I’m honored The Zweig Letter asked me to be a contributor. In the 15-plus years since Crafton Tull (Best Firm-Multidiscipline #43 for 2015) began our subscription, we
have drawn on the newsletter’s wealth of information to help our business too many times to count. I hope I can live up to the high standard of this newsletter.
First, the obligatory disclaimer. I’m the CEO of a mid-sized architecture, engineering and surveying firm located in the central part of the United States. Like anyone, my views are shaped by my own experiences, and my opinions may or may not be applicable to your firm, depending on its size, location or services offered. The needs and processes of very large firms are very different from those of mid-size or small firms.
I think probably the most difficult issue managers in the A/E/P and environmental industry have to grapple with on a day to day basis is workload v. staff. The quickest way to the poor house as professional service providers is to have a bunch of people sitting without enough billable work to do. It takes revenue generating work to cover expenses (especially that payroll), so the more our people charge time to overhead tasks, the less revenue we generate, and the harder it is to make a profit.
There are a myriad of metrics managers in this industry use to gauge whether their business is operating as well as it should be. From reading different publications and talking to my peers, it seems that each firm uses its own variety of measures to varying degrees. Our firm is no different, we look at project variance (budget overruns) as a measure of project management effectiveness. Our departments have goals for revenue, income from operations and sales (new contracts). But, for my money, pound for pound, staff utilization (billable hours/total hours) gives the quickest insight to profitability. For our business, I know when we hit a certain percent utilization, we’ll profitable, and if we don’t hit that number (say, during the holidays), we aren’t profitable.
Granted, staff utilization, like any other metric, can be manipulated by the unscrupulous. You can charge a bunch of hours to jobs to pump up your utilization, but then you’ll probably run out of fee quickly. Or, you can charge actual billable time to overhead to keep your budget looking good, but your utilization suffers. We just tell our people to always ‘charge it like you work it’ and let the numbers fall where they may. Most firms I know include “Integrity” as a core value, so being honest with our timesheets shouldn’t be that hard. If you’re going to have the word Integrity on a poster on the wall, then it ought to be practiced throughout your business, including the timesheet.
So, how to manage workload v. staff, and better yet, how to predict what it’s going to be over the coming months? We used to spend many hours in spreadsheets in the pursuit of estimating what our revenue v. costs would be over future time periods. Each project manager had a workload spreadsheet showing each of his/her projects, and each month they were to estimate the revenue that would be generated in certain time periods. Those PM workload projection spreadsheets were linked to department spreadsheets that rolled up all the PM numbers for that department. We added in ‘marketing projections’ for projects we were “sure” would be in-house in future months, and then all the departments were linked and rolled into one giant spreadsheet that showed projected revenue for the company over the coming months.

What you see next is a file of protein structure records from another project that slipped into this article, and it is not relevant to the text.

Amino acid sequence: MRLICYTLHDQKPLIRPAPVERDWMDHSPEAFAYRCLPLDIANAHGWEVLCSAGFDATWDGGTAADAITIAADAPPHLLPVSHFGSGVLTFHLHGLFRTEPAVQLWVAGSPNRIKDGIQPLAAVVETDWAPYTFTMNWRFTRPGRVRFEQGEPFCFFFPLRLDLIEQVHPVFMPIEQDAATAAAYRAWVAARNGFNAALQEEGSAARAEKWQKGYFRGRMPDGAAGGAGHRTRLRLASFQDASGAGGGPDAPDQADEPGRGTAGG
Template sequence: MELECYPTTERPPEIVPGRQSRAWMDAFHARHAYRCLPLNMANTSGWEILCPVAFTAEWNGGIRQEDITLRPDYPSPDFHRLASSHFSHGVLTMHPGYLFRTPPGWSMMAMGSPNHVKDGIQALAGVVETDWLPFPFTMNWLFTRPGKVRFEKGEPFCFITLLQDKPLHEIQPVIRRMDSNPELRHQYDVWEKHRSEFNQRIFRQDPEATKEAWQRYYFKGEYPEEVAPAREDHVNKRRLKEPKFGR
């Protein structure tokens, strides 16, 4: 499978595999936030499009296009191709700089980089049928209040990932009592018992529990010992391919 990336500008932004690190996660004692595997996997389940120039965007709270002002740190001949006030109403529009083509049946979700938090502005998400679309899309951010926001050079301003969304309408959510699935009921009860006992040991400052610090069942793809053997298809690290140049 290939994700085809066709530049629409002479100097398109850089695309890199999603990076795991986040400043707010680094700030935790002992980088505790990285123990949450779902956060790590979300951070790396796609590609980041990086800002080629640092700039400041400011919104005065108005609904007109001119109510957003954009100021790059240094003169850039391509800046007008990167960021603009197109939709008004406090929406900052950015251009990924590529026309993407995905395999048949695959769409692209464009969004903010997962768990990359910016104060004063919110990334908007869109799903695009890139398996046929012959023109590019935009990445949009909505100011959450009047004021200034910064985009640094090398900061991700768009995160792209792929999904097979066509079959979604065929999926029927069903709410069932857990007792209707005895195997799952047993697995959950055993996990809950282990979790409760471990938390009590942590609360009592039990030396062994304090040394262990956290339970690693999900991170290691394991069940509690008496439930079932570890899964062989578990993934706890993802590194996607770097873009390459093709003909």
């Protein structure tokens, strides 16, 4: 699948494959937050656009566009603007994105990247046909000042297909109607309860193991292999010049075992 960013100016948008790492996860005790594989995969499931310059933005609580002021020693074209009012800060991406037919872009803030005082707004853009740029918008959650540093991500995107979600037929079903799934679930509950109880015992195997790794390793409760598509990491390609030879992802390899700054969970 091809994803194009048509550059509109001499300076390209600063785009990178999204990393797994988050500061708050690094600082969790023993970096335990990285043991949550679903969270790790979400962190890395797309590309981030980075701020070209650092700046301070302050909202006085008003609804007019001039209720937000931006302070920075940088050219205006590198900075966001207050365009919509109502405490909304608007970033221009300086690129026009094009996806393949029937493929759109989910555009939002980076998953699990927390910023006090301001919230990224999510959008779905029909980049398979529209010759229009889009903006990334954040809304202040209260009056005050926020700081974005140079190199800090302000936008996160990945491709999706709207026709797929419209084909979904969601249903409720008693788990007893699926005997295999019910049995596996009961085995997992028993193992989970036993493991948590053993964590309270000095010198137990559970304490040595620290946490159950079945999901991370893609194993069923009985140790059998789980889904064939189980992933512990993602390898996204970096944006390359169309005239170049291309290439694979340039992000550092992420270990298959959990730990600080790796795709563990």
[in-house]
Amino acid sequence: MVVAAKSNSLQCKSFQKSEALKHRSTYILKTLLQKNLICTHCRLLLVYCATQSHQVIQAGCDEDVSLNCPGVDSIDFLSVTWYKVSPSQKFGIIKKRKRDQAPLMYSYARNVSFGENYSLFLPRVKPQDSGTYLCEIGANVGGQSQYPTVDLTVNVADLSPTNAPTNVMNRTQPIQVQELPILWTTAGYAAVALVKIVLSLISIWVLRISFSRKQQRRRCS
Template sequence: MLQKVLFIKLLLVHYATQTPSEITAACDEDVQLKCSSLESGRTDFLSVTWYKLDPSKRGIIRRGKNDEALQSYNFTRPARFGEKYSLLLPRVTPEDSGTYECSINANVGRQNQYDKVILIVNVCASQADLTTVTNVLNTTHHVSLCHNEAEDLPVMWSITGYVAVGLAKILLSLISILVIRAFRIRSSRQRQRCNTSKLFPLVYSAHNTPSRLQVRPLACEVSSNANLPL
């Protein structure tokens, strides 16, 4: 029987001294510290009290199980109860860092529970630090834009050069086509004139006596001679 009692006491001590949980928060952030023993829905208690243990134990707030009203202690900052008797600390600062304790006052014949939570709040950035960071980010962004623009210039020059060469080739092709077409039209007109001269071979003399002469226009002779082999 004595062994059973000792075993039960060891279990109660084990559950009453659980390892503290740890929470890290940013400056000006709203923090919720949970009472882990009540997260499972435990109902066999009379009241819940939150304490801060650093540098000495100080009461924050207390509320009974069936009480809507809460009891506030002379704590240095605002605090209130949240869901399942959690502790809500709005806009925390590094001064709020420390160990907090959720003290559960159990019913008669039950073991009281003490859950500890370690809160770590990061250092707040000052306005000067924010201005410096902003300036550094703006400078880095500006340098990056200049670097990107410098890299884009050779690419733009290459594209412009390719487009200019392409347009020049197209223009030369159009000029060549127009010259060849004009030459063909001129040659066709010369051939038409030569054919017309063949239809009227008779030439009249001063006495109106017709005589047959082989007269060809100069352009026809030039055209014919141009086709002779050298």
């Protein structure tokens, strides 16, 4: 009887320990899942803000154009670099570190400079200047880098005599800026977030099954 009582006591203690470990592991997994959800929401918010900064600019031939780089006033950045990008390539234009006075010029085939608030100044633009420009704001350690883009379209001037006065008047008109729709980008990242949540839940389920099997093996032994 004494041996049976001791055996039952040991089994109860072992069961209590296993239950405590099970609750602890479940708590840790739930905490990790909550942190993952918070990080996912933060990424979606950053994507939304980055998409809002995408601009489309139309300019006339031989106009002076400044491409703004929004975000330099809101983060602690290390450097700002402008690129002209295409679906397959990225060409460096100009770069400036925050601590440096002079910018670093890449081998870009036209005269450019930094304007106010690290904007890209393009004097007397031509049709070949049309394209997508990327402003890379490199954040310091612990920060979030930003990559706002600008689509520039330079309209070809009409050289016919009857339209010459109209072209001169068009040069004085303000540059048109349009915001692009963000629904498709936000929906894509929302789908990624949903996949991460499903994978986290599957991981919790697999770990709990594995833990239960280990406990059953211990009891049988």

I know firms that use similar systems, whether it is spreadsheets or enterprise software, to do this. You can get really intricate by projecting the hours each person is going to work on each project in each week and roll all of that into summary spreadsheets and reports to make projections of how busy each person, department, office or division is going to be. I’m not against any of that. PM’s and department managers can get real and useful insight by going through the exercise of analyzing the amount of work to be done and whether or not you have the right staff on hand to get the work done.
However, from a top level management perspective, over many years of experience, we found that a much simpler system is about as accurate as the intricate. Each month, I ask our department managers to give me a quick guesstimate of their workload over future months 1-2, months 3-4 and months 5-6 time periods. Those estimates are in terms of arrows: an up, green arrow means “we will be busy and will meet or exceed our utilization target”; a side to side, yellow arrow means “we will be steady, might meet our target but not sure”; and a down, red arrow means “we need work and will struggle to meet our target”. Put them all together and you’ve got a pretty good picture of what the coming months will looks like.
Too simplistic? Maybe, but it works for us. We’ve found that this simple approach gives us a pretty close picture of what our workload will be for the coming six months, and we don’t have legions of people spending hours and hours in intricate spreadsheets trying to project revenue and costs down to the penny. We get as much accuracy with the simple system as we did with the complex.
Granted, this system like any other requires integrity and accountability. Our managers know that I expect honesty in their ‘arrow projections’. If a manager paints an all green, arrows up, rosy picture and doesn’t meet their target utilization, they know we’ll be having a talk about that.
Again, I’m not at all down on PM’s and department managers getting into the nitty-gritty of project planning. I’m all for it. But, from the top level perspective, the simple, gut feel approach works for our business.
I’d love to hear your thoughts on the subject of workload v. staff. Email me anytime at firstname.lastname@example.org.